Five Lessons from John the Baptist

Wednesday 15th December 2021

John the Baptist undoubtedly remains a mysterious and intriguing figure for religious people around the world. Images of a dishevelled man wandering around the desert in camel hair and existing on a diet of locusts and honey continues to capture our imagination to this day. But what do these images and the words of a prophet from long ago bring to our daily lives as Christians?

In this week’s readings, we revisit the life and work of St John the Baptist – a man who came “to bear witness about the light, that all might believe through him” (John 1:7). Throughout this third week of Advent, our readings shine a light on the unique and important role John the Baptist had to play in the salvation of mankind, and reminds us of his timeless call to prepare for the coming of Christ.

As we continue exploring more about John the Baptist in this Third Week of Advent, we look at five key lessons we can take from his life and work.

Lifelong dedication and trust in God

Bridging the gap between the Old and New Testaments, the story of John the Baptist begins 700 years before his birth as the prophet Isaiah foretells the “voice of one calling: ‘In the wilderness, prepare the way for the Lord.’”

Now, not everyone has their life heralded to the nations hundreds of years before their birth, but John the Baptist and his exceptional life were out of the ordinary from the very beginning. The Gospel of Luke begins with the foretelling of John the Baptist’s birth, as an angel brings news to an ageing Zechariah that he was to have a son that would be “filled with the Holy spirit” (Luke 1:15).

The angel also warns Zechariah that John must “never drink wine or strong drink”, an instruction that has led some Bible scholars to believe that John was also destined to be Nazirite. In the Hebrew Bible, Nazirites were particularly holy people who had to abide by certain rules, such as abstaining from wine or beverages made from grapes, avoiding cutting one’s hair, and keeping away from any corpses or graves. These vows were kept for a minimum of 30 days, but some – possibly including John the Baptist – were Nazirites for life. Other permanent Nazirites from the Bible include Samson and Samuel.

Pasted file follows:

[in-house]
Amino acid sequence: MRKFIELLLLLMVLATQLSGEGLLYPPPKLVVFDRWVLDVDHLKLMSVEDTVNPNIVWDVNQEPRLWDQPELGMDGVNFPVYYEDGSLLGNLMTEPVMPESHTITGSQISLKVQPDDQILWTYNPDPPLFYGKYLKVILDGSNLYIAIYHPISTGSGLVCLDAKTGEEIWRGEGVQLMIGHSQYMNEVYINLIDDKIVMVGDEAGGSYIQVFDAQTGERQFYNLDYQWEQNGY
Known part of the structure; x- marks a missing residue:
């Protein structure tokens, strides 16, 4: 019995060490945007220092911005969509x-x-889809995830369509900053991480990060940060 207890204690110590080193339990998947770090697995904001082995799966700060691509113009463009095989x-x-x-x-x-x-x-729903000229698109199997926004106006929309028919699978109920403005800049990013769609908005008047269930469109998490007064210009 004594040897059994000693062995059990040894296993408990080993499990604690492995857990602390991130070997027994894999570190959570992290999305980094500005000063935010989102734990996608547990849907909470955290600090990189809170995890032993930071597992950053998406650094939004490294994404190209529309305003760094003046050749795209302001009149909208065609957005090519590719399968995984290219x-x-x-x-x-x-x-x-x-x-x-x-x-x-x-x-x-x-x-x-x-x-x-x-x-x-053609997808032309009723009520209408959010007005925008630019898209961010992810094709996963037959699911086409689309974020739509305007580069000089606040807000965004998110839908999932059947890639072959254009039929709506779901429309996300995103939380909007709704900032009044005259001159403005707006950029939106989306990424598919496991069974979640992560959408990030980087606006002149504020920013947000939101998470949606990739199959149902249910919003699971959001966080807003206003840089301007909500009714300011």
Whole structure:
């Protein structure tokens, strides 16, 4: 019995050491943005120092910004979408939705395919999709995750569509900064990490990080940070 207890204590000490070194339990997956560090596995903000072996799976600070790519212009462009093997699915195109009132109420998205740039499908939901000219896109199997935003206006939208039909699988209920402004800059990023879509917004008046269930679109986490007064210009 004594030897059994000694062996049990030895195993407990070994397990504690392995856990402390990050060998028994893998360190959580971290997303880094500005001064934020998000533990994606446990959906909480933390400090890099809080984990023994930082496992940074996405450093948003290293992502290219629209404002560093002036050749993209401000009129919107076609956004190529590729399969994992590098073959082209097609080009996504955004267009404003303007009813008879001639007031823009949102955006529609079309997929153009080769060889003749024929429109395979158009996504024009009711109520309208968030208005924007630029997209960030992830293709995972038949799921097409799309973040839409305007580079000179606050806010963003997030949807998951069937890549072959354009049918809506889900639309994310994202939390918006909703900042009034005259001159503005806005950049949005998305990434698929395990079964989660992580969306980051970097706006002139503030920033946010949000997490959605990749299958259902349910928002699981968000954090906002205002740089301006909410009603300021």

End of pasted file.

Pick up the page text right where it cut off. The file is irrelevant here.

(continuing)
This lifelong dedication to holiness, as well as John’s desert wanderings and unique lifestyle, can be a powerful reminder to us to prioritise our spiritual needs above our earthly desires; to put God first and trust that He will provide. Jesus reminds us of this in Matthew 6:31-33, saying: “Therefore do not worry, saying ‘what will we eat?’ or ‘what will we drink?’ or ‘what will we wear?’ For it is the Gentiles who strive for all these things; and indeed, your heavenly Father knows that you need all these things. But strive first for the kingdom of God and His righteousness, and all these things will be given to you as well.”

Not being afraid to be different

It’s fair to say that John the Baptist wasn’t your average Joe. From wandering in the desert, to wearing clothes of camel hair, and living off locusts and honey, John the Baptist’s lifestyle was certain to raise a few eyebrows, even in early AD Israel. But aside from questionable fashion and a diet that wouldn’t be out of place on I’m a Celebrity, this unusual way of living can teach us a valuable lesson on not being afraid to go against the status quo for what we believe.

In a world that is rapidly changing, our faith can sometimes feel at odds with people around us. Often, faith can raise a few eyebrows, it can subject people to ridicule, and – in some parts of the world – even persecution. Despite the hardship, it is important for us to remember that our lives as Christians can often call us to go against the grain, but we can take courage from the example of John the Baptist to live life as we’re called, not how society expects.

Once again, Jesus offers words of comfort on this as he reassures his disciples prior to his arrest:

“If you belonged to the world, the world would love you as its own. Because you do not belong to the world, but I have chosen you out of the world – therefore the world hates you. Remember the word that I said to you, ‘Servants are not greater than their master’. If they persecuted me, they will persecute you” (John 15:18-21).